Celemony Melodyne EditorTHE DAWN OF POLYPHONIC PITCH CORRECTION 2/01/2010 7:00 AM Eastern
The new Melodyne Editor from Celemony is ideal for wrestling wayward notes up or down microscopically in pitch without affecting the rest of the performance. But the big news in this release is the debut of Direct Note Access (DNA) technology. Until now, pitch correction has only been practical with monophonic music tracks. But with DNA, you can literally reach into a chord and nudge a single note up or down in pitch, adjust its start time or amplitude, or mute it entirely. This feature has some fairly stringent limitations as you'll read below but, yes, it really does work.
Currently, DNA is available only in Melodyne Editor, not in the higher-priced Melodyne Studio, which records and edits multitrack sessions. I installed the Editor version in my WinXP PC (also available for Mac OS) and encountered only one trivial technical problem: To transfer audio reliably from a DAW into the plug-in, I had to crank up my ASIO buffer size to 1,024.
Melodyne can operate either stand-alone or as a plug-in, but it's not a real-time processor. In plug-in mode, you transfer a track (or a portion thereof) into a slave instance of the Melodyne Editor by clicking the Transfer button and then playing back the track. Thereafter, the plug-in's output replaces the audio coming from the track, but only in sections you've transferred.
Once audio is loaded, the program takes a few seconds to analyze it and then displays it as “blobs” on a piano-roll grid. The first stage in editing is to go through the file and make sure that the analysis found all of the correct notes. You'll sometimes need to split or combine blobs. Depending on the source material, this process may be quick or may take a few minutes. With a cello track, for instance, I sometimes find that a half-step mordent (a quick upward ornament) is analyzed as a pitch fluctuation within the main note. Two quick clicks with the Note Separation Tool split the ornament apart so that I can adjust each note separately.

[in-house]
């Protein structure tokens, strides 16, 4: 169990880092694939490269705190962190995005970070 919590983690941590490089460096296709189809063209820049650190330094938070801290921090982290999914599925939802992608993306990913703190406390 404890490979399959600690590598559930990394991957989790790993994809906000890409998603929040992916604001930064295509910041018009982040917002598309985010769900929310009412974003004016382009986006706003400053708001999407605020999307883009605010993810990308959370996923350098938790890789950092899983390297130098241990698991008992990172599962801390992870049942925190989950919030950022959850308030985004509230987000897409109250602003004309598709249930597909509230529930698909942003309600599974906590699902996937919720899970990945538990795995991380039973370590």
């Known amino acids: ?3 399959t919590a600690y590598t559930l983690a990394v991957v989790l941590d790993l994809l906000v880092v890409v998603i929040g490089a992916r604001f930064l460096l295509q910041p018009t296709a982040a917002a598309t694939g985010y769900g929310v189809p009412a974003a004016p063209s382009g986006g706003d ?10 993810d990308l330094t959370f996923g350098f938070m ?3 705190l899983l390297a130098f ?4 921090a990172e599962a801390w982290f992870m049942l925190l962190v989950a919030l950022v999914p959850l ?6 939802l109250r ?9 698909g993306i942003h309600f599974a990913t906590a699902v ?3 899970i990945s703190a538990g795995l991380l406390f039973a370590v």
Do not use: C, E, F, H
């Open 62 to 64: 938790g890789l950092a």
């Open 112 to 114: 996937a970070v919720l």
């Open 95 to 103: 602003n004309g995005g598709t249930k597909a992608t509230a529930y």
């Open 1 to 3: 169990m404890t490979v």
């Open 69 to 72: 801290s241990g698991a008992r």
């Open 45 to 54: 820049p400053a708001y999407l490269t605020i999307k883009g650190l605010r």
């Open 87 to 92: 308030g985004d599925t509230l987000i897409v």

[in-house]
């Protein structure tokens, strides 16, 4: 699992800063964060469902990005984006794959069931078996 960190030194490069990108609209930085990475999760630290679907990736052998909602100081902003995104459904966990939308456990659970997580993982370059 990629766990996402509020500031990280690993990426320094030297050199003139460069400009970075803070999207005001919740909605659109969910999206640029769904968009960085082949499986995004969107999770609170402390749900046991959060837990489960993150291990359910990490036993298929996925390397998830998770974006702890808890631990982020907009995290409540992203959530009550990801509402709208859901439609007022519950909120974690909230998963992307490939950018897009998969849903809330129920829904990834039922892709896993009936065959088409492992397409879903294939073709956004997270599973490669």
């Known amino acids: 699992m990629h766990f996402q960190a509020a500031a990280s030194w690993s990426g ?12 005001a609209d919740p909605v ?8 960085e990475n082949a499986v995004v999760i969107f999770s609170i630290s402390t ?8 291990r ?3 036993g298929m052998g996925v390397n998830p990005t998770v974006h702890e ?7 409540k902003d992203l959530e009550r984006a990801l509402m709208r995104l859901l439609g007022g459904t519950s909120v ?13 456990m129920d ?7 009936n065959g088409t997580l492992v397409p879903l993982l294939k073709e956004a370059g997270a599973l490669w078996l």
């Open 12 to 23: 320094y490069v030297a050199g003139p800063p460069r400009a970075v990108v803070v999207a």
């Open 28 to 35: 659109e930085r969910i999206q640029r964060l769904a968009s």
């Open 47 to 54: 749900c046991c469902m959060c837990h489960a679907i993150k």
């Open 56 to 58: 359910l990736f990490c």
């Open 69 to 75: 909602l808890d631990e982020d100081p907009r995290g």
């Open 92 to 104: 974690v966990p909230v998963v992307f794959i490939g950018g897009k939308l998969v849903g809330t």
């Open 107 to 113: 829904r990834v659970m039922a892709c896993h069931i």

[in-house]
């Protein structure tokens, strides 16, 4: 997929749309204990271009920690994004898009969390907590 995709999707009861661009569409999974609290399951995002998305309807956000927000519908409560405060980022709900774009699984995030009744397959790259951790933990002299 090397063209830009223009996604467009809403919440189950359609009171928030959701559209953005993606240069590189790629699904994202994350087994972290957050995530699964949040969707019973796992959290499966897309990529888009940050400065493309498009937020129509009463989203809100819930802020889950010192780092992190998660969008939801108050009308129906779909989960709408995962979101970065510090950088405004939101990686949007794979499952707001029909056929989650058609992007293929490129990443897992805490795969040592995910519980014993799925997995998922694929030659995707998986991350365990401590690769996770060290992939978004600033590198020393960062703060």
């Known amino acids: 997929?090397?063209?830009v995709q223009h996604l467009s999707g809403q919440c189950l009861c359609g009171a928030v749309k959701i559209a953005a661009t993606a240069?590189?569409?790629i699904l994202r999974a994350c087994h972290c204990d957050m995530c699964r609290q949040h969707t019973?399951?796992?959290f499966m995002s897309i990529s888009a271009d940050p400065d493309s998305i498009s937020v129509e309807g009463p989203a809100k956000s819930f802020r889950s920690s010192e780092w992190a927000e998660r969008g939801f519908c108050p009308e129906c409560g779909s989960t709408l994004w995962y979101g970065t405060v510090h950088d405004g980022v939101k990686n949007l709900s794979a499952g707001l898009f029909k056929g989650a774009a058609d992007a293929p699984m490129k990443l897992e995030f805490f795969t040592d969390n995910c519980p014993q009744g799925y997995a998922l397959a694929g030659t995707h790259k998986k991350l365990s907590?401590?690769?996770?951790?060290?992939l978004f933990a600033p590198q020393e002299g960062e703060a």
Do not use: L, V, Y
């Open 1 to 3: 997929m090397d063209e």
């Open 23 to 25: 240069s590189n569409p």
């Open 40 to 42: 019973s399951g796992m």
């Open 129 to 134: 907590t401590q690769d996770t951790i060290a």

You can edit single notes or select a group. Two dialog boxes — Correct Pitch and Quantize Time — are available for group edits, and all of the tools used for individual note edits will also work on groups. These dialog boxes both have percentage sliders so you don't need to end up with a robotic-sounding track. You can adjust note pitches up or down, either in half-steps or microtonally, as well as adjust the amount of pitch modulation (vibrato) or pitch drift (a “tilt” between the beginning of a note and its end). The pitch glide from one note to the next can be made smoother or more abrupt. Note amplitudes can be adjusted; notes can be shortened or lengthened and moved back or forward in time.
You can drag a note's formants up or down without affecting its base pitch. The formant tool seems to work best with vocal material rather than with instruments. Notes that are greatly lengthened sound synthetic, but small rhythmic adjustments sound natural. Singers' vibrato also embodies amplitude and formant changes, and removing the pitch modulation in Melodyne will have no effect on these dimensions of the sound, so you'll still hear some “vibrato.”